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Discussion: All Topics in Algebra II
Topic: Curve of Best Fit for Car's Skidding Distance


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Subject:   Curve of Best Fit for Car's Skidding Distance
Author: Jesdisciple
Date: Jan 8 2008
Chapter 8 in the Texas Drivers Handbook lists the distance a car will skid after
the breaks are applied as (MPH, feet):
(20, 19)
(30, 43)
(40, 76)
(50, 119)
(60, 171)
(70, 233)
Since this is obviously an observation of physics, I wonder what function of
speed TxDOT used to find these distances.  Using the tool at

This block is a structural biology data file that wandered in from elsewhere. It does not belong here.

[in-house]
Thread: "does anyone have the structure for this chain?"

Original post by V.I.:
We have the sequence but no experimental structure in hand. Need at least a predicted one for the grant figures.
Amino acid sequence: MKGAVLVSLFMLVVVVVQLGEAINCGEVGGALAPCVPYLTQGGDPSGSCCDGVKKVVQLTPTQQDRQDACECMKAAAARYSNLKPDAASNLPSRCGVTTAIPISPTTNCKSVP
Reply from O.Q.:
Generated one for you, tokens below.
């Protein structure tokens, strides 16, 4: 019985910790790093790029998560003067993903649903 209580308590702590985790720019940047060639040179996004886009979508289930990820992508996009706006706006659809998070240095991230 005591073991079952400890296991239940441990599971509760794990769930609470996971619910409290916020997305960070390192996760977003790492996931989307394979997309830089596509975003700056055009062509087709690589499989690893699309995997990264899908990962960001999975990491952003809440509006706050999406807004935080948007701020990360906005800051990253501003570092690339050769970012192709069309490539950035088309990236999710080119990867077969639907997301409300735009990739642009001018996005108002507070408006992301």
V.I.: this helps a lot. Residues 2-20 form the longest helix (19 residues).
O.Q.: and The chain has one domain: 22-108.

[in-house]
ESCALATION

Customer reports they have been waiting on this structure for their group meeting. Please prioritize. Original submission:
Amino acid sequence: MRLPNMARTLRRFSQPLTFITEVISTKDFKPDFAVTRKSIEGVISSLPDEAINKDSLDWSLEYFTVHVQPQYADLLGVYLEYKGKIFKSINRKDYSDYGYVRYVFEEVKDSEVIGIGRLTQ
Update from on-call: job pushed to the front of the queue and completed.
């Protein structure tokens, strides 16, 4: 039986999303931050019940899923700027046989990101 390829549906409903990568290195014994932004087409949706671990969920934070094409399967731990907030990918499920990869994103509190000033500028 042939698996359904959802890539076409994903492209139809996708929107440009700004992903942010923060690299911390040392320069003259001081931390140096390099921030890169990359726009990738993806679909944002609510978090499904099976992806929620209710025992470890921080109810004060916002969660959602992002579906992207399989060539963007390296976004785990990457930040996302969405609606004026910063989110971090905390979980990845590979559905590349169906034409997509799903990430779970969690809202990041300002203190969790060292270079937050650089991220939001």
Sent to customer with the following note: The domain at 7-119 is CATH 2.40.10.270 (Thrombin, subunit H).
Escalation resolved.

http://www.shodor.org/interactivate/activities/flydata/index.html I've decided
that the closest I can get to these data is "f(x)=x^1.31-39".  But I know this
can't be the real function, because it should have a Y-intercept of 0, not
-39 (as it takes any object traveling at 0 MPH exactly 0 seconds to
"stop").

Does anyone have an idea how to solve this?  Thanks!

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